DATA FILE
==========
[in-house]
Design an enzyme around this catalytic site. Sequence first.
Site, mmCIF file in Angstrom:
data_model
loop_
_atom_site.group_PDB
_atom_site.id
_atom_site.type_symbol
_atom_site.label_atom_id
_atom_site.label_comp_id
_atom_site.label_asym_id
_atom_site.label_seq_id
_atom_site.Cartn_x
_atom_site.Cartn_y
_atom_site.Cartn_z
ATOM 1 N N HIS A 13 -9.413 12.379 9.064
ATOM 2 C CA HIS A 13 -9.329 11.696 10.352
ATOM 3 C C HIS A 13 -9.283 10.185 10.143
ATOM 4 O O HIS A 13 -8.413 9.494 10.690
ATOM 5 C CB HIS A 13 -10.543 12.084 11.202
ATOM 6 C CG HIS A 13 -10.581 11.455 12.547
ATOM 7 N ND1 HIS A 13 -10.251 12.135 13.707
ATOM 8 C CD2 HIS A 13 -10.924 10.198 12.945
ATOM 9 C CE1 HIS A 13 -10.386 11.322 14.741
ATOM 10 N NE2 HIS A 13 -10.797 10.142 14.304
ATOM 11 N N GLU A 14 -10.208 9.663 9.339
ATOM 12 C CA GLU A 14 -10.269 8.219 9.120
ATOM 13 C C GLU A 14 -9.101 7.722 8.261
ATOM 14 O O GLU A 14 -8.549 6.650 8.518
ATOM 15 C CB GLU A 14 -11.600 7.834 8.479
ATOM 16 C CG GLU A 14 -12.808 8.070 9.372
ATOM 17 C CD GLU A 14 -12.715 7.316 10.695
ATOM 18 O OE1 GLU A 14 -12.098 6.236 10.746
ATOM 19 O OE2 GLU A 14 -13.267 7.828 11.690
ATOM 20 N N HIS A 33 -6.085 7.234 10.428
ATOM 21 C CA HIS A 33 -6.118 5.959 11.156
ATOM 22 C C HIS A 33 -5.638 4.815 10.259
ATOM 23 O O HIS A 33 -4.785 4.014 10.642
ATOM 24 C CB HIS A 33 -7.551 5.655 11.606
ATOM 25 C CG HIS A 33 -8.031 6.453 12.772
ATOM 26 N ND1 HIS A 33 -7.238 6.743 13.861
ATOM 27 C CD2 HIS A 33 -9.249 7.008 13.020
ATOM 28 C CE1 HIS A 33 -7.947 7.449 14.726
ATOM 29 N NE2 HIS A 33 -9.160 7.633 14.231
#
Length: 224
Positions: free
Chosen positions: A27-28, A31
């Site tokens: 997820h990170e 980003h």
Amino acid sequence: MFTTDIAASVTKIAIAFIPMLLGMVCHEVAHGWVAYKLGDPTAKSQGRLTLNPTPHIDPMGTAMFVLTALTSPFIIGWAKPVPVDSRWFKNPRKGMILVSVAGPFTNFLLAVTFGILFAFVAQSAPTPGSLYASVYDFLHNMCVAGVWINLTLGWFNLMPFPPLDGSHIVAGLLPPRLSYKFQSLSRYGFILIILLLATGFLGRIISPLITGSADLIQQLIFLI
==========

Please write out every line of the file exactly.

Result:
[in-house]
Design an enzyme around this catalytic site. Sequence first.
Site, mmCIF file in Angstrom:
data_model
loop_
_atom_site.group_PDB
_atom_site.id
_atom_site.type_symbol
_atom_site.label_atom_id
_atom_site.label_comp_id
_atom_site.label_asym_id
_atom_site.label_seq_id
_atom_site.Cartn_x
_atom_site.Cartn_y
_atom_site.Cartn_z
ATOM 1 N N HIS A 13 -9.413 12.379 9.064
ATOM 2 C CA HIS A 13 -9.329 11.696 10.352
ATOM 3 C C HIS A 13 -9.283 10.185 10.143
ATOM 4 O O HIS A 13 -8.413 9.494 10.690
ATOM 5 C CB HIS A 13 -10.543 12.084 11.202
ATOM 6 C CG HIS A 13 -10.581 11.455 12.547
ATOM 7 N ND1 HIS A 13 -10.251 12.135 13.707
ATOM 8 C CD2 HIS A 13 -10.924 10.198 12.945
ATOM 9 C CE1 HIS A 13 -10.386 11.322 14.741
ATOM 10 N NE2 HIS A 13 -10.797 10.142 14.304
ATOM 11 N N GLU A 14 -10.208 9.663 9.339
ATOM 12 C CA GLU A 14 -10.269 8.219 9.120
ATOM 13 C C GLU A 14 -9.101 7.722 8.261
ATOM 14 O O GLU A 14 -8.549 6.650 8.518
ATOM 15 C CB GLU A 14 -11.600 7.834 8.479
ATOM 16 C CG GLU A 14 -12.808 8.070 9.372
ATOM 17 C CD GLU A 14 -12.715 7.316 10.695
ATOM 18 O OE1 GLU A 14 -12.098 6.236 10.746
ATOM 19 O OE2 GLU A 14 -13.267 7.828 11.690
ATOM 20 N N HIS A 33 -6.085 7.234 10.428
ATOM 21 C CA HIS A 33 -6.118 5.959 11.156
ATOM 22 C C HIS A 33 -5.638 4.815 10.259
ATOM 23 O O HIS A 33 -4.785 4.014 10.642
ATOM 24 C CB HIS A 33 -7.551 5.655 11.606
ATOM 25 C CG HIS A 33 -8.031 6.453 12.772
ATOM 26 N ND1 HIS A 33 -7.238 6.743 13.861
ATOM 27 C CD2 HIS A 33 -9.249 7.008 13.020
ATOM 28 C CE1 HIS A 33 -7.947 7.449 14.726
ATOM 29 N NE2 HIS A 33 -9.160 7.633 14.231
#
Length: 224
Positions: free
Chosen positions: A27-28, A31
């Site tokens: 997820h990170e 980003h």
Amino acid sequence: MFTTDIAASVTKIAIAFIPMLLGMVCHEVAHGWVAYKLGDPTAKSQGRLTLNPTPHIDPMGTAMFVLTALTSPFIIGWAKPVPVDSRWFKNPRKGMILVSVAGPFTNFLLAVTFGILFAFVAQSAPTPGSLYASVYDFLHNMCVAGVWINLTLGWFNLMPFPPLDGSHIVAGLLPPRLSYKFQSLSRYGFILIILLLATGFLGRIISPLITGSADLIQQLIFLI